STEPHEN HOFFMAN, SANARIA INCA vaccine made from weakened malaria parasites appeared to protect participants in a small clinical trial from malaria infection, according to a study published yesterday (August 8) in Science.
“Scientists and health care providers have made significant gains in characterizing, treating, and preventing malaria,” said Anthony Fauci, director of the National Institute of Allergy and Infectious Diseases (NIAID), in a press release. “We are encouraged by this important step forward.”
Rockville, Maryland-based biotech Sanaria made the vaccine by irradiating parasite-infected mosquitoes, harvesting weakened parasites from the mosquitoes’ salivary glands, and cryopreserving them.
Researchers tested the vaccine by enrolling 57 adults in a trial carried out at the NIH Clinical Center in Bethesda, Maryland. They gave 40 subjects the vaccine in various doses, while the remaining 17 participants were controls.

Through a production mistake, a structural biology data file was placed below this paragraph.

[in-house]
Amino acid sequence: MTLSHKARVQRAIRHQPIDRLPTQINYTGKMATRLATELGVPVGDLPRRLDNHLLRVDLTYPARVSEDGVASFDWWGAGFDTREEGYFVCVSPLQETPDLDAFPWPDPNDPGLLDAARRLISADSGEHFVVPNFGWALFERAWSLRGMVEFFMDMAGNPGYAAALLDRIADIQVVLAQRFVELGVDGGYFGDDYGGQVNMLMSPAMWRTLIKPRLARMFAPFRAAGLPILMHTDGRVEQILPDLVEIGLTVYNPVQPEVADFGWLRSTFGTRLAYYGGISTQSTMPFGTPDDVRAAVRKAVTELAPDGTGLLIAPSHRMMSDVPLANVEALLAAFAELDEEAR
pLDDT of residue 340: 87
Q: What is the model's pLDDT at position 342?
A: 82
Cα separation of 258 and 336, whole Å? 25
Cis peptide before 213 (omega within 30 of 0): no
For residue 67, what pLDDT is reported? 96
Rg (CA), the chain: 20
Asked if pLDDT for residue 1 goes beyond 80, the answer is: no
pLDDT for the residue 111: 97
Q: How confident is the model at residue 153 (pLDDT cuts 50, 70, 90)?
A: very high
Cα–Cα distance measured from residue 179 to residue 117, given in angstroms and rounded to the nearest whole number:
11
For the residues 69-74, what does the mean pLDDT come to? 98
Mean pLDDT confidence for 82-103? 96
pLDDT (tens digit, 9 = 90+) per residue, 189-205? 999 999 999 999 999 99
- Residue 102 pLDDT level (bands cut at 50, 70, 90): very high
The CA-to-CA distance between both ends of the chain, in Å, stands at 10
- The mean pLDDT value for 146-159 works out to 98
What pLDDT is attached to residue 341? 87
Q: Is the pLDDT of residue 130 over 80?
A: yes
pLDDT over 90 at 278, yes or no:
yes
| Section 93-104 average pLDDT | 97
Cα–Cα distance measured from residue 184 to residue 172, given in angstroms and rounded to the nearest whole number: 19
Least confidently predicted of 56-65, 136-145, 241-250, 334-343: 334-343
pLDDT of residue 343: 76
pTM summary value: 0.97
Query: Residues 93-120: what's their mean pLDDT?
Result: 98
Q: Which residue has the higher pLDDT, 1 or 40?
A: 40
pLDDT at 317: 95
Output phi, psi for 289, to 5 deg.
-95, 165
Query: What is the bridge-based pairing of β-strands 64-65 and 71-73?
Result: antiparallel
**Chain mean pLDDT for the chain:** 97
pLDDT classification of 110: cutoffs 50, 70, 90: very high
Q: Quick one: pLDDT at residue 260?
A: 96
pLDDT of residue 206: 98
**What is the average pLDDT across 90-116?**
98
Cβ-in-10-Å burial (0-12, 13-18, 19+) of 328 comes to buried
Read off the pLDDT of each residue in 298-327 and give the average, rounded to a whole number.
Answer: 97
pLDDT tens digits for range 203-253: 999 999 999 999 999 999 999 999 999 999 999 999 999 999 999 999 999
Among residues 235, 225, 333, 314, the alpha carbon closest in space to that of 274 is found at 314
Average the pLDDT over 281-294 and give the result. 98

None of the study participants had adverse reactions to the vaccine, and those who received higher doses were more likely to mount an antibody and T cell response to the parasite.
The participants were then exposed to malaria-carrying mosquitoes. Of the 15 people who were given a higher dose of the vaccine, only three were infected, while 16 of 17 of low-dose participants and 11 out of 12 controls were infected. (The people who were infected were treated with anti-malarial medication.)
Researchers have suspected that vaccinating subjects with irradiated whole parasites might be effective since the 1970s, when it was shown that bites from irradiated, malaria-infected mosquitoes appeared to protect people from the disease. But it has been difficult to isolate large quantities of whole, irradiated parasites.
One drawback of the vaccine is that it is delivered intravenously. Previous studies showed that simply injecting the vaccine into the skin or into the tissue beneath the skin was considerably less effective.
Nevertheless, Sanaria’s results excited the malaria research community. “The trial results constitute the most important advance in malaria vaccine development since the first demonstration of protection with radiation attenuated sporozoite immunization by mosquito bite in the ’70s,” Stefan Kappe, who studies malaria at the Seattle Biomedical Research Institute, told Nature.
The next step will be carrying out a trial in Tanzania to test whether the vaccine works against the diverse malaria strains present in Africa, Nature said.